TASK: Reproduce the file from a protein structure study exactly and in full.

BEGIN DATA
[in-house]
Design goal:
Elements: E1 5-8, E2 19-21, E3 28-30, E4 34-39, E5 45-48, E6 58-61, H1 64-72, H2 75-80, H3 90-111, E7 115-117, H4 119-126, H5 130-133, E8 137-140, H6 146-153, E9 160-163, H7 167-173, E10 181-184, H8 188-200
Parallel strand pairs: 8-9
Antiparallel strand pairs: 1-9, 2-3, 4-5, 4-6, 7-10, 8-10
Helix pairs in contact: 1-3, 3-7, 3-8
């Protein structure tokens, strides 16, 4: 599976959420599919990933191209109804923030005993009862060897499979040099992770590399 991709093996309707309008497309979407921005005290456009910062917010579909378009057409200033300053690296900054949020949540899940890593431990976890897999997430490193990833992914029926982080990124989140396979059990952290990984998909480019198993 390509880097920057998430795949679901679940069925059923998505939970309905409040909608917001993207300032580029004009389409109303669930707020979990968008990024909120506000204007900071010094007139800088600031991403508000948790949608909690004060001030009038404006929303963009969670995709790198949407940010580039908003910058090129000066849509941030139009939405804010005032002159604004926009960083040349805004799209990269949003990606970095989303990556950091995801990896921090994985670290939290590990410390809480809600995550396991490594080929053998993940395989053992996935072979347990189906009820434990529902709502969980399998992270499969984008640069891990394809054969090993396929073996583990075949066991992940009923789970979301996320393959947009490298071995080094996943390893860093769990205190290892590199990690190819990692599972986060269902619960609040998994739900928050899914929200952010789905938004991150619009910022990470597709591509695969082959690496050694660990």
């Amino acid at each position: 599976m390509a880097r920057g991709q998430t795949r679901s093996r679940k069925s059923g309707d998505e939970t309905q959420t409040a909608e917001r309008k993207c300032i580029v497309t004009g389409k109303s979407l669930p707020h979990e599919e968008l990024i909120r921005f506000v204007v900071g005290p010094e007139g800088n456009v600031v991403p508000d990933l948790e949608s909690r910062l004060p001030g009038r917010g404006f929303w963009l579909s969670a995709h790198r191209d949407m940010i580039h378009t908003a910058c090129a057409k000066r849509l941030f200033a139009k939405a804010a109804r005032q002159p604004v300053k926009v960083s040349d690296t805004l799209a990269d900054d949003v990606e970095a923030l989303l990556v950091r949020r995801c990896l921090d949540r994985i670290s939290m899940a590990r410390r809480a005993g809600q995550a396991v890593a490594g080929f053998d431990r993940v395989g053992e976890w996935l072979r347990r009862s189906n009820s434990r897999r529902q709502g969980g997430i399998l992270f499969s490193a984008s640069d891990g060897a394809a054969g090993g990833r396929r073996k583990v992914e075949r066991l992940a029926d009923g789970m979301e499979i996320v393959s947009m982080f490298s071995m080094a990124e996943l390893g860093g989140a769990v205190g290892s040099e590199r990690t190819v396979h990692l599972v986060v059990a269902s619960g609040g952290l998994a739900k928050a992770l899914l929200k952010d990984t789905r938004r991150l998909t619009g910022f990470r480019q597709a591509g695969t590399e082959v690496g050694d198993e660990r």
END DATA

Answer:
[in-house]
Design goal:
Elements: E1 5-8, E2 19-21, E3 28-30, E4 34-39, E5 45-48, E6 58-61, H1 64-72, H2 75-80, H3 90-111, E7 115-117, H4 119-126, H5 130-133, E8 137-140, H6 146-153, E9 160-163, H7 167-173, E10 181-184, H8 188-200
Parallel strand pairs: 8-9
Antiparallel strand pairs: 1-9, 2-3, 4-5, 4-6, 7-10, 8-10
Helix pairs in contact: 1-3, 3-7, 3-8
């Protein structure tokens, strides 16, 4: 599976959420599919990933191209109804923030005993009862060897499979040099992770590399 991709093996309707309008497309979407921005005290456009910062917010579909378009057409200033300053690296900054949020949540899940890593431990976890897999997430490193990833992914029926982080990124989140396979059990952290990984998909480019198993 390509880097920057998430795949679901679940069925059923998505939970309905409040909608917001993207300032580029004009389409109303669930707020979990968008990024909120506000204007900071010094007139800088600031991403508000948790949608909690004060001030009038404006929303963009969670995709790198949407940010580039908003910058090129000066849509941030139009939405804010005032002159604004926009960083040349805004799209990269949003990606970095989303990556950091995801990896921090994985670290939290590990410390809480809600995550396991490594080929053998993940395989053992996935072979347990189906009820434990529902709502969980399998992270499969984008640069891990394809054969090993396929073996583990075949066991992940009923789970979301996320393959947009490298071995080094996943390893860093769990205190290892590199990690190819990692599972986060269902619960609040998994739900928050899914929200952010789905938004991150619009910022990470597709591509695969082959690496050694660990």
């Amino acid at each position: 599976m390509a880097r920057g991709q998430t795949r679901s093996r679940k069925s059923g309707d998505e939970t309905q959420t409040a909608e917001r309008k993207c300032i580029v497309t004009g389409k109303s979407l669930p707020h979990e599919e968008l990024i909120r921005f506000v204007v900071g005290p010094e007139g800088n456009v600031v991403p508000d990933l948790e949608s909690r910062l004060p001030g009038r917010g404006f929303w963009l579909s969670a995709h790198r191209d949407m940010i580039h378009t908003a910058c090129a057409k000066r849509l941030f200033a139009k939405a804010a109804r005032q002159p604004v300053k926009v960083s040349d690296t805004l799209a990269d900054d949003v990606e970095a923030l989303l990556v950091r949020r995801c990896l921090d949540r994985i670290s939290m899940a590990r410390r809480a005993g809600q995550a396991v890593a490594g080929f053998d431990r993940v395989g053992e976890w996935l072979r347990r009862s189906n009820s434990r897999r529902q709502g969980g997430i399998l992270f499969s490193a984008s640069d891990g060897a394809a054969g090993g990833r396929r073996k583990v992914e075949r066991l992940a029926d009923g789970m979301e499979i996320v393959s947009m982080f490298s071995m080094a990124e996943l390893g860093g989140a769990v205190g290892s040099e590199r990690t190819v396979h990692l599972v986060v059990a269902s619960g609040g952290l998994a739900k928050a992770l899914l929200k952010d990984t789905r938004r991150l998909t619009g910022f990470r480019q597709a591509g695969t590399e082959v690496g050694d198993e660990r």